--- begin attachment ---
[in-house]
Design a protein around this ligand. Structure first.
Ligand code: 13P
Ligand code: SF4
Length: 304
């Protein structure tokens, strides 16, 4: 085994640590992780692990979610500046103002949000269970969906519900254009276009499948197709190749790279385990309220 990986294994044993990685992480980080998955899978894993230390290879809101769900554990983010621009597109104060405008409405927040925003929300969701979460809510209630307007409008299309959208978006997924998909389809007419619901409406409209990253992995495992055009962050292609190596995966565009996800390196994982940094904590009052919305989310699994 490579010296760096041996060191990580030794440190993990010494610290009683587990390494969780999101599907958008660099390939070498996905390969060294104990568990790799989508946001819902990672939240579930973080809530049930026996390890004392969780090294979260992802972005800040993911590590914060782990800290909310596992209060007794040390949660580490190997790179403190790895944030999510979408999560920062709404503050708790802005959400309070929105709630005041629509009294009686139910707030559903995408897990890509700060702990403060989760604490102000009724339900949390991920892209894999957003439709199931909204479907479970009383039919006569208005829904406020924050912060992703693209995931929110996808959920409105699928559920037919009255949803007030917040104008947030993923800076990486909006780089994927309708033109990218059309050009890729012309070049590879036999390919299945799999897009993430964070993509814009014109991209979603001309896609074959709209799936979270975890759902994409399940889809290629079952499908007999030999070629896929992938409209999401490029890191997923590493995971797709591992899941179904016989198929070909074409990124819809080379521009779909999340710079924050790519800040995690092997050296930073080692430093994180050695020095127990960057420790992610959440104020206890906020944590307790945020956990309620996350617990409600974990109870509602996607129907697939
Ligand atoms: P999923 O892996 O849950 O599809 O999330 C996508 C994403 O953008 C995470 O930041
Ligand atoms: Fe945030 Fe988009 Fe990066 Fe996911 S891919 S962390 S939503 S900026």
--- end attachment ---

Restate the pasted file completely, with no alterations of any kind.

[in-house]
Design a protein around this ligand. Structure first.
Ligand code: 13P
Ligand code: SF4
Length: 304
């Protein structure tokens, strides 16, 4: 085994640590992780692990979610500046103002949000269970969906519900254009276009499948197709190749790279385990309220 990986294994044993990685992480980080998955899978894993230390290879809101769900554990983010621009597109104060405008409405927040925003929300969701979460809510209630307007409008299309959208978006997924998909389809007419619901409406409209990253992995495992055009962050292609190596995966565009996800390196994982940094904590009052919305989310699994 490579010296760096041996060191990580030794440190993990010494610290009683587990390494969780999101599907958008660099390939070498996905390969060294104990568990790799989508946001819902990672939240579930973080809530049930026996390890004392969780090294979260992802972005800040993911590590914060782990800290909310596992209060007794040390949660580490190997790179403190790895944030999510979408999560920062709404503050708790802005959400309070929105709630005041629509009294009686139910707030559903995408897990890509700060702990403060989760604490102000009724339900949390991920892209894999957003439709199931909204479907479970009383039919006569208005829904406020924050912060992703693209995931929110996808959920409105699928559920037919009255949803007030917040104008947030993923800076990486909006780089994927309708033109990218059309050009890729012309070049590879036999390919299945799999897009993430964070993509814009014109991209979603001309896609074959709209799936979270975890759902994409399940889809290629079952499908007999030999070629896929992938409209999401490029890191997923590493995971797709591992899941179904016989198929070909074409990124819809080379521009779909999340710079924050790519800040995690092997050296930073080692430093994180050695020095127990960057420790992610959440104020206890906020944590307790945020956990309620996350617990409600974990109870509602996607129907697939
Ligand atoms: P999923 O892996 O849950 O599809 O999330 C996508 C994403 O953008 C995470 O930041
Ligand atoms: Fe945030 Fe988009 Fe990066 Fe996911 S891919 S962390 S939503 S900026």